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Ask a Hindi speaker for a curry and he will be completely nonplussed. Curry is just not a word that finds favour in most of the country, except perhaps in Kerala. Quite why it has become the catch-all term for a gravy dish cooked with meat, poultry, seafood or vegetables with the help of a thickening agent like tomatoes, onions or coconut is a mystery that perhaps the British can answer. After all, it was they who introduced the term. Curry is purely layman’s language.
Along with the first invaders into India like the Lodis, Mamluks and Sayyids came the term saalan. It was a counterpart of the term curry, not being particularly descriptive, except to denote a dish of meat and/or vegetables cooked with gravy. It was only later, around the 15th century, did the term saalan become split into two – qaliya and qorma. Qaliya refers to a meat and/or vegetable preparation in which the dominant spice is turmeric. On the other hand, qorma describes a meat or poultry gravy dish that uses aromatic spices but no turmeric. Thus, you can have a red qorma if the chief spice is chilli paste/powder; a white one if curd has been used; a pale brown one if browned onions form the base and so on.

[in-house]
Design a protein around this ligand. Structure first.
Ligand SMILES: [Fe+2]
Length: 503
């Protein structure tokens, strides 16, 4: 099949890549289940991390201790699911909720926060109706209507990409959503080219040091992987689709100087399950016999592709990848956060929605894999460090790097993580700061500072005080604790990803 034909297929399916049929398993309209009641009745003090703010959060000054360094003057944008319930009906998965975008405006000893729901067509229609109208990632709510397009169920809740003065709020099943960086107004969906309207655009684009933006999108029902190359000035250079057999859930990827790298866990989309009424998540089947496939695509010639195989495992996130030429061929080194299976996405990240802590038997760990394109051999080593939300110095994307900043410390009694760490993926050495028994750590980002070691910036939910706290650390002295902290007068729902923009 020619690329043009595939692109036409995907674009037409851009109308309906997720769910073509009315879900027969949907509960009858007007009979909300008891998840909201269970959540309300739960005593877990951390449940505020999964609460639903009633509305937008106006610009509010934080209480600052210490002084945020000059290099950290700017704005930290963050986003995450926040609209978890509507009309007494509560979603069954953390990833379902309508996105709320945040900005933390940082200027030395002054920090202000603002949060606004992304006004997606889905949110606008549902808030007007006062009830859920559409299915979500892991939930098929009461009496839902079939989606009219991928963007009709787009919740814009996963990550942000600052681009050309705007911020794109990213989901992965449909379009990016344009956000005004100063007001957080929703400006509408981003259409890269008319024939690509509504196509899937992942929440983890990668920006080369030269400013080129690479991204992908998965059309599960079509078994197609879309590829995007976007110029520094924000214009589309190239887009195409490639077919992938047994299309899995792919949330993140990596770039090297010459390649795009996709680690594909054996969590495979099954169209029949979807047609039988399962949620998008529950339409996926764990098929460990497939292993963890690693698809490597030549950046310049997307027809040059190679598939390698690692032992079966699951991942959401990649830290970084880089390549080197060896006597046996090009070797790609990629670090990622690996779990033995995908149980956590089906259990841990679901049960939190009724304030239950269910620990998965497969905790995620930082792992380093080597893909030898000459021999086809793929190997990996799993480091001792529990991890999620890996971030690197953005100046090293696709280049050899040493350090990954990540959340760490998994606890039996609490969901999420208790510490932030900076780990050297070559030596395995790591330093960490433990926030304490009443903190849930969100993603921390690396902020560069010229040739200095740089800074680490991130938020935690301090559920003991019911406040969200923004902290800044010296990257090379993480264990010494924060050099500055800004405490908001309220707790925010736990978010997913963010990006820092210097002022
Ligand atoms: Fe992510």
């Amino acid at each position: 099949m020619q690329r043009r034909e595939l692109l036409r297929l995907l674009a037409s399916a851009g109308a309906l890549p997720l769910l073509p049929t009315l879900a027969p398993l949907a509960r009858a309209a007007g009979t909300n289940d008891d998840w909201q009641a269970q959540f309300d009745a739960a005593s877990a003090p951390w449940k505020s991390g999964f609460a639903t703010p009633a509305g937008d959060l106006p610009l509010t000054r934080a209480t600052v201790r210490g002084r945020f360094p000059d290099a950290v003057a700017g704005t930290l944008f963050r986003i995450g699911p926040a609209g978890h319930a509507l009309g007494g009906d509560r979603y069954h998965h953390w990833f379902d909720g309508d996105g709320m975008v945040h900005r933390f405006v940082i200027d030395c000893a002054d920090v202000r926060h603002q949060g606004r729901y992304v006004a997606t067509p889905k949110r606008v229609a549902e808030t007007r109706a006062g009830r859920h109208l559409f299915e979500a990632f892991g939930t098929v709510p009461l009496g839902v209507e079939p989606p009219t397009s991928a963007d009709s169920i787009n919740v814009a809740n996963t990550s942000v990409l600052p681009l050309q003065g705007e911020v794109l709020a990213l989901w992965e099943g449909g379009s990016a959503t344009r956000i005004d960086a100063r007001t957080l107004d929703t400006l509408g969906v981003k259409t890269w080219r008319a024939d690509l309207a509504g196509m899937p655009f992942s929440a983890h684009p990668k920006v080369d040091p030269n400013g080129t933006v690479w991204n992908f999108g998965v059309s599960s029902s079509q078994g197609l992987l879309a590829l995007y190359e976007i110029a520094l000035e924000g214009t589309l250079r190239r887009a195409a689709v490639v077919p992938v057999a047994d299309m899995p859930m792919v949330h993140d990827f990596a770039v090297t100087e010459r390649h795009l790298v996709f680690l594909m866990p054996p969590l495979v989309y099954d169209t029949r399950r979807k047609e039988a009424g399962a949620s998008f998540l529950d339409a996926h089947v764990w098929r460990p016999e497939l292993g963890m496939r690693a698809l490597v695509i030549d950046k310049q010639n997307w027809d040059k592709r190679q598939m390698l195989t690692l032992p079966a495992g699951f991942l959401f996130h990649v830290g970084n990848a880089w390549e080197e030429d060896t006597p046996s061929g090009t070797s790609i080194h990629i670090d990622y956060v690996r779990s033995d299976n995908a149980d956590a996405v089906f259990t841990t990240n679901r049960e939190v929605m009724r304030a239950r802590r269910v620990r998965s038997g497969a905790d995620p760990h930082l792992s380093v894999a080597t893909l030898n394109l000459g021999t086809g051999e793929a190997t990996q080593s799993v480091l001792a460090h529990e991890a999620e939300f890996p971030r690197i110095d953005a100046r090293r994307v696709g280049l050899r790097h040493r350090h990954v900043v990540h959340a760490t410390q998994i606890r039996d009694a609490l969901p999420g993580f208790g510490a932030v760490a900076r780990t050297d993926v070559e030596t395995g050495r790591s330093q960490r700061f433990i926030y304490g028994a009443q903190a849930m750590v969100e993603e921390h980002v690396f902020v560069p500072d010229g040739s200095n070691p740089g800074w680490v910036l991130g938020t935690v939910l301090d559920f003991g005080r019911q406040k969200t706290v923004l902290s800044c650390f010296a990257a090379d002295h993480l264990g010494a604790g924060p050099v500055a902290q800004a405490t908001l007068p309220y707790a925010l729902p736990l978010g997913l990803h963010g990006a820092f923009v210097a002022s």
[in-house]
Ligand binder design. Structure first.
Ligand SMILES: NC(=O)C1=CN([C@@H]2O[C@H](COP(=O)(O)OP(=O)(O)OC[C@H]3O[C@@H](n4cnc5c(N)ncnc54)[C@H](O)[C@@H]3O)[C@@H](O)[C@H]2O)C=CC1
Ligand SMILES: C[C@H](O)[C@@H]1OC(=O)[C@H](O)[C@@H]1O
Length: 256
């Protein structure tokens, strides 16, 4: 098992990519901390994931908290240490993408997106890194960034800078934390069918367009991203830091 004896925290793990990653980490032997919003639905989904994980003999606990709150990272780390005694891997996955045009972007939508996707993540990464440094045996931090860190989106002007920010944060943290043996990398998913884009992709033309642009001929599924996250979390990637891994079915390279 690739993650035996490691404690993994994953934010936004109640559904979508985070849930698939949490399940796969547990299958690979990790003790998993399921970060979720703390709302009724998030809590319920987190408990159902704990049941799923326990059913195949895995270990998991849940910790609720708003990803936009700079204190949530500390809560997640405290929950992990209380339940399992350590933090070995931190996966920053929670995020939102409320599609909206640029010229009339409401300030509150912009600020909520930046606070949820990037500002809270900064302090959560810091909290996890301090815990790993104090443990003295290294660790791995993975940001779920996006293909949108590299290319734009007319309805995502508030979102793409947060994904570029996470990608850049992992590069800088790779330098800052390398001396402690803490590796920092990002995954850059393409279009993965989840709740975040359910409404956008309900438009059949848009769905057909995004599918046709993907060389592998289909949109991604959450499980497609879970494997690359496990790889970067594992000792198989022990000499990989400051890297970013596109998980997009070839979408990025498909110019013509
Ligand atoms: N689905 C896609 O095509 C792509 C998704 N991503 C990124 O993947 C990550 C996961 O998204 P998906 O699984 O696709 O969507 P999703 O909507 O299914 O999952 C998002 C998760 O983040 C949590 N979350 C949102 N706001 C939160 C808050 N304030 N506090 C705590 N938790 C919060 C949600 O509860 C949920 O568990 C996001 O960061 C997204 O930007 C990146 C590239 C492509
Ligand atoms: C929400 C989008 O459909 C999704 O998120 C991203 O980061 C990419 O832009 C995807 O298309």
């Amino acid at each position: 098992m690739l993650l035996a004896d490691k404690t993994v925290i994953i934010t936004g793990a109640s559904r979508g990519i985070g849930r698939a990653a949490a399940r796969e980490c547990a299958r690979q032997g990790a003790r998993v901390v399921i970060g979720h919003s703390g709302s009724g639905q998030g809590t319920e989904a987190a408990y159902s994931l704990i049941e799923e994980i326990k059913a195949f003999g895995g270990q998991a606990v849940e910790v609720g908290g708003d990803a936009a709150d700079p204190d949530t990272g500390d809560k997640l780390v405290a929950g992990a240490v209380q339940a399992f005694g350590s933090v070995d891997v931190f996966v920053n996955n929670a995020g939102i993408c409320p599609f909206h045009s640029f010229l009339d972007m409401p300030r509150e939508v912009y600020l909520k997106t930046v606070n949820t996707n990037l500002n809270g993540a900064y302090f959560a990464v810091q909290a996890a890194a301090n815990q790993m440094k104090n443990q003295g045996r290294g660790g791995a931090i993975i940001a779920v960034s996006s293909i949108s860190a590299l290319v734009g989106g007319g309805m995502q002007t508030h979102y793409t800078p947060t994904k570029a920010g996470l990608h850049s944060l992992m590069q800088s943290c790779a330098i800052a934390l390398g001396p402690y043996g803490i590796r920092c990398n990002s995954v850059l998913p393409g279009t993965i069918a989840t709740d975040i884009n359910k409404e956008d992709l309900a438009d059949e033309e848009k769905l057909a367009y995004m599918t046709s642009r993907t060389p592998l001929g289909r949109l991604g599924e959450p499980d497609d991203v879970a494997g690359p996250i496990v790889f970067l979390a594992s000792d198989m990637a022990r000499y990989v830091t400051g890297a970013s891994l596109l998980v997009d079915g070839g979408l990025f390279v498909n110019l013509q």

Lastly roghan josh has descended into a free-for-all where every restaurant cooks a mutton curry and calls it roghan josh. There is little similarity between one version and another. But this was a Persian dish that came into India via the Mughal court from where it travelled north to Kashmir. Roghan means either fat/oil or ‘red colour’ while josh means intensity. No tomatoes are ever used in this dish that is supposed to be cooked in lamb stock rather than water. Red cockscomb flowers are soaked in water to redden the gravy that is redolent with aromatic spices (cloves, cardamoms, cinnamon). It is too aristocratic a dish to devastate into an also-ran in restaurant menus.
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